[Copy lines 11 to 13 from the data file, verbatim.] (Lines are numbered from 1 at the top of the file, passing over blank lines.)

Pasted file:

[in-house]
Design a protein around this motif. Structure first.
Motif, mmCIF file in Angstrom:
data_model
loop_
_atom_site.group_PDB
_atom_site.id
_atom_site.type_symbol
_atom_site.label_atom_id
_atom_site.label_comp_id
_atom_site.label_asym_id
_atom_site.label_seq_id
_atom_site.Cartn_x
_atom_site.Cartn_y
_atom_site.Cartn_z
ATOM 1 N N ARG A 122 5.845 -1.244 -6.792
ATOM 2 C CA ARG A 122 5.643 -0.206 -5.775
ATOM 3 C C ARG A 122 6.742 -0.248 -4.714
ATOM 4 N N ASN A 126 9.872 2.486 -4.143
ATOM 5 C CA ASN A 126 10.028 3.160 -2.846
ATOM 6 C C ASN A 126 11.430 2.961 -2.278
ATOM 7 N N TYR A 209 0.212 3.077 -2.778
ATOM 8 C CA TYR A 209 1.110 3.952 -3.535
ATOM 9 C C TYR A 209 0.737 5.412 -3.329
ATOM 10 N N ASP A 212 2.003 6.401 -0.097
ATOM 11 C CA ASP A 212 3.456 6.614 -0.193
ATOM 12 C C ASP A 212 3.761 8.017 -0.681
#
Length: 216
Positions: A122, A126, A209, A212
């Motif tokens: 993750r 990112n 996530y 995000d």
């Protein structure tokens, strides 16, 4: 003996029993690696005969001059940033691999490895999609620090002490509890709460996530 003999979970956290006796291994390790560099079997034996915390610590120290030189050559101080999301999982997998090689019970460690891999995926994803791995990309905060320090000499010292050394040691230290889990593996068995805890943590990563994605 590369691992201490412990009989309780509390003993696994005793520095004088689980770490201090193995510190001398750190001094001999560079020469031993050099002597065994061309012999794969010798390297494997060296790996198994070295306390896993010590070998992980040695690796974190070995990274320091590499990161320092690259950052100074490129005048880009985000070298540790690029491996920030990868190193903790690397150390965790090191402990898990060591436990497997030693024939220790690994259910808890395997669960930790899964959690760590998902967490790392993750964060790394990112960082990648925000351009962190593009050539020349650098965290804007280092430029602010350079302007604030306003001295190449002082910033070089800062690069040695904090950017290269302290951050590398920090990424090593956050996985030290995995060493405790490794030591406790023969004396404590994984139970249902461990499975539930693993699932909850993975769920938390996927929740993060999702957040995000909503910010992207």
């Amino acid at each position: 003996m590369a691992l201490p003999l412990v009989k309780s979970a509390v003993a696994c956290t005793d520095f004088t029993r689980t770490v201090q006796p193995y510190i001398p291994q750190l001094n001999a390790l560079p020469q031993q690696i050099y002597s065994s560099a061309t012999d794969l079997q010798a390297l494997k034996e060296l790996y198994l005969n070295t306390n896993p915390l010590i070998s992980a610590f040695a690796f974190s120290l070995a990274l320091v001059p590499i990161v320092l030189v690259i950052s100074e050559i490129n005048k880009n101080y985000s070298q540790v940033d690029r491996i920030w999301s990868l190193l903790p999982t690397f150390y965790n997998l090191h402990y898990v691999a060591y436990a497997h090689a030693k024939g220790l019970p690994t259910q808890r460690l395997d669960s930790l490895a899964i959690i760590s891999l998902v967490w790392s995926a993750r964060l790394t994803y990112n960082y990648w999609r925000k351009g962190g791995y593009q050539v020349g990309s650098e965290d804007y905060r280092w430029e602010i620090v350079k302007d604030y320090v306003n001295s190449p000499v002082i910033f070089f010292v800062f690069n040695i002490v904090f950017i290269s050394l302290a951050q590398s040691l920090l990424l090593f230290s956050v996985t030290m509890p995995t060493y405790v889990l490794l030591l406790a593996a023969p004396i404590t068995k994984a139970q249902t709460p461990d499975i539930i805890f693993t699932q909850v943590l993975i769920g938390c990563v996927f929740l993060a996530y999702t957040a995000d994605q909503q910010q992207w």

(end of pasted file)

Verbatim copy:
_atom_site.label_asym_id
_atom_site.label_seq_id
_atom_site.Cartn_x